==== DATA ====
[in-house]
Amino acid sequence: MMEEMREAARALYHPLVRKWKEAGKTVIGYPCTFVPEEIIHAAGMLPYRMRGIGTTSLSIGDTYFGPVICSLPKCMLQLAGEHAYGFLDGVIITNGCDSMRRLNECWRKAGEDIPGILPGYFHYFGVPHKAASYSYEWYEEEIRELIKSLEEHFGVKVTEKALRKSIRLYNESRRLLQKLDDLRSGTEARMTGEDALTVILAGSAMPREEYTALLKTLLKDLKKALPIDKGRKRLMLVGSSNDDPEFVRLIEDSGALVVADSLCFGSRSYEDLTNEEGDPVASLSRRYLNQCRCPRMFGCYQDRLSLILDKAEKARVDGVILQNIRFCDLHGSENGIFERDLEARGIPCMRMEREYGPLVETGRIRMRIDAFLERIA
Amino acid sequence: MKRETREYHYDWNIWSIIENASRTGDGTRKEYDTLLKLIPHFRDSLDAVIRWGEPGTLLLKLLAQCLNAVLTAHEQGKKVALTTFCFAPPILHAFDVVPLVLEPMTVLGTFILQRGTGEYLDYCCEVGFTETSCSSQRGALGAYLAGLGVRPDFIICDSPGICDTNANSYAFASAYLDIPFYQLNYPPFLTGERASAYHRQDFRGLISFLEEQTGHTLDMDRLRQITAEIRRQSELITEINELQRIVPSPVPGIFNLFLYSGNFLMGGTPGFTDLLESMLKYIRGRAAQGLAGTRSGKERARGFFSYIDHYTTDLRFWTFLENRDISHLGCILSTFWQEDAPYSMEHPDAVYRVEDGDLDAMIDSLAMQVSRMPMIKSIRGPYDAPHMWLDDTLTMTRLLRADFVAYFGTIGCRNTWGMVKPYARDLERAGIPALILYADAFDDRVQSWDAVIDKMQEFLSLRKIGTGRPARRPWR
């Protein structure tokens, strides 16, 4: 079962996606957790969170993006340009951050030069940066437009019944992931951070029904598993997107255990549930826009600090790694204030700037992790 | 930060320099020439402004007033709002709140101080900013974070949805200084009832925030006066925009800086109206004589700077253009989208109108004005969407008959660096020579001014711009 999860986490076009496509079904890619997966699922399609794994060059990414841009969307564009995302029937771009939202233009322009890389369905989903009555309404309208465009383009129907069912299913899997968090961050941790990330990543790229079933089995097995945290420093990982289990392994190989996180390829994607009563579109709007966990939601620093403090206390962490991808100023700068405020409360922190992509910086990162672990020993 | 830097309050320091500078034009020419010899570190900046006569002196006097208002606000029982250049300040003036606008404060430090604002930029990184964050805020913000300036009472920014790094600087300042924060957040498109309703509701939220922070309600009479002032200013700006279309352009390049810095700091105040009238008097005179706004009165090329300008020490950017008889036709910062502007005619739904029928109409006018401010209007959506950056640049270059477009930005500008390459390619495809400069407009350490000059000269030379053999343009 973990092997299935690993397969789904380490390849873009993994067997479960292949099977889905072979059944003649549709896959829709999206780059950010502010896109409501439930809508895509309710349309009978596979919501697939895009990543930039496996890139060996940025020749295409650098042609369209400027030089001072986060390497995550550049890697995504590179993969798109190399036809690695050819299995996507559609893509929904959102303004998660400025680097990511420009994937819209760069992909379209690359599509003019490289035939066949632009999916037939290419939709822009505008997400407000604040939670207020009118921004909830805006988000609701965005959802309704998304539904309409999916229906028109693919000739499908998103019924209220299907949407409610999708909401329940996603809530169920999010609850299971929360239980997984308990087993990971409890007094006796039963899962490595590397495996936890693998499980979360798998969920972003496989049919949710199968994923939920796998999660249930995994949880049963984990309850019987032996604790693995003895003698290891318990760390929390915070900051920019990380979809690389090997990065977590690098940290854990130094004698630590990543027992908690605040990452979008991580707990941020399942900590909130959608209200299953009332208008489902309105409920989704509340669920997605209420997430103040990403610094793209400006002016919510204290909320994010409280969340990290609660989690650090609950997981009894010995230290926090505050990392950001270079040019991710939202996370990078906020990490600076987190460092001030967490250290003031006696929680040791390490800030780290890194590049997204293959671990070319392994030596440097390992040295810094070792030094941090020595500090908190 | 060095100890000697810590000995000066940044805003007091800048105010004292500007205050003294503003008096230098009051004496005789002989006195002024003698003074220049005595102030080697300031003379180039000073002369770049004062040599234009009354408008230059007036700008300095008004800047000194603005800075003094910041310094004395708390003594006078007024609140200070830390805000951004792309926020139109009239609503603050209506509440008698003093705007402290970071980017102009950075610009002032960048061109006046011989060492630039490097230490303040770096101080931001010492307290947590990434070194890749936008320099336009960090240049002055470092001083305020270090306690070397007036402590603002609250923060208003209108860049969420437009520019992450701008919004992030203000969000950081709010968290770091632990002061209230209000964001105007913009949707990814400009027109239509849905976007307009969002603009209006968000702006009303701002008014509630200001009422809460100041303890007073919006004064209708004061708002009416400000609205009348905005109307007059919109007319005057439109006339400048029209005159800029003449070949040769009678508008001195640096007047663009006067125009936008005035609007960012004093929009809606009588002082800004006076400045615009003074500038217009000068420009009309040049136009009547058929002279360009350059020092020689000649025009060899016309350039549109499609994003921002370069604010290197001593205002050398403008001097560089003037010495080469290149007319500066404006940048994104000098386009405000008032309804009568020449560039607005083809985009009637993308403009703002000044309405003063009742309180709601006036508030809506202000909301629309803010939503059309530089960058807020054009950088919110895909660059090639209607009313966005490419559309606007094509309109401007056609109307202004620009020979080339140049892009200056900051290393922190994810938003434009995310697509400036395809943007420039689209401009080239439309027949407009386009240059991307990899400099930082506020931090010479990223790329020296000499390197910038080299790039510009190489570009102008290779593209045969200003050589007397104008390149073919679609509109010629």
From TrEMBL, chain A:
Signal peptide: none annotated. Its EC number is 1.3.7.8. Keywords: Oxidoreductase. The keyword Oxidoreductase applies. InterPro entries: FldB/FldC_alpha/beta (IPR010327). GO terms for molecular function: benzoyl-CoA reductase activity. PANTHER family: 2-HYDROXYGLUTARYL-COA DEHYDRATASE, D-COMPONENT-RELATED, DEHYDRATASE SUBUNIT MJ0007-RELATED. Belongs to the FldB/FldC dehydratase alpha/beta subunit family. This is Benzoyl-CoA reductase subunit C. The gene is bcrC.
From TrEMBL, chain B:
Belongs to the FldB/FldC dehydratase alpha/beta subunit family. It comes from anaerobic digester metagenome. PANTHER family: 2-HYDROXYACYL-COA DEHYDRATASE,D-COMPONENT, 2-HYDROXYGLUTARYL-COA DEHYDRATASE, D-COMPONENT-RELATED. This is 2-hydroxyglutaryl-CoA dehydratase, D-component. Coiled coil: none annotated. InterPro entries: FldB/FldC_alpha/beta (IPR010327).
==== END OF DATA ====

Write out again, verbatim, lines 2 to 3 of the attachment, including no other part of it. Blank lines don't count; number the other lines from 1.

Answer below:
Amino acid sequence: MMEEMREAARALYHPLVRKWKEAGKTVIGYPCTFVPEEIIHAAGMLPYRMRGIGTTSLSIGDTYFGPVICSLPKCMLQLAGEHAYGFLDGVIITNGCDSMRRLNECWRKAGEDIPGILPGYFHYFGVPHKAASYSYEWYEEEIRELIKSLEEHFGVKVTEKALRKSIRLYNESRRLLQKLDDLRSGTEARMTGEDALTVILAGSAMPREEYTALLKTLLKDLKKALPIDKGRKRLMLVGSSNDDPEFVRLIEDSGALVVADSLCFGSRSYEDLTNEEGDPVASLSRRYLNQCRCPRMFGCYQDRLSLILDKAEKARVDGVILQNIRFCDLHGSENGIFERDLEARGIPCMRMEREYGPLVETGRIRMRIDAFLERIA
Amino acid sequence: MKRETREYHYDWNIWSIIENASRTGDGTRKEYDTLLKLIPHFRDSLDAVIRWGEPGTLLLKLLAQCLNAVLTAHEQGKKVALTTFCFAPPILHAFDVVPLVLEPMTVLGTFILQRGTGEYLDYCCEVGFTETSCSSQRGALGAYLAGLGVRPDFIICDSPGICDTNANSYAFASAYLDIPFYQLNYPPFLTGERASAYHRQDFRGLISFLEEQTGHTLDMDRLRQITAEIRRQSELITEINELQRIVPSPVPGIFNLFLYSGNFLMGGTPGFTDLLESMLKYIRGRAAQGLAGTRSGKERARGFFSYIDHYTTDLRFWTFLENRDISHLGCILSTFWQEDAPYSMEHPDAVYRVEDGDLDAMIDSLAMQVSRMPMIKSIRGPYDAPHMWLDDTLTMTRLLRADFVAYFGTIGCRNTWGMVKPYARDLERAGIPALILYADAFDDRVQSWDAVIDKMQEFLSLRKIGTGRPARRPWR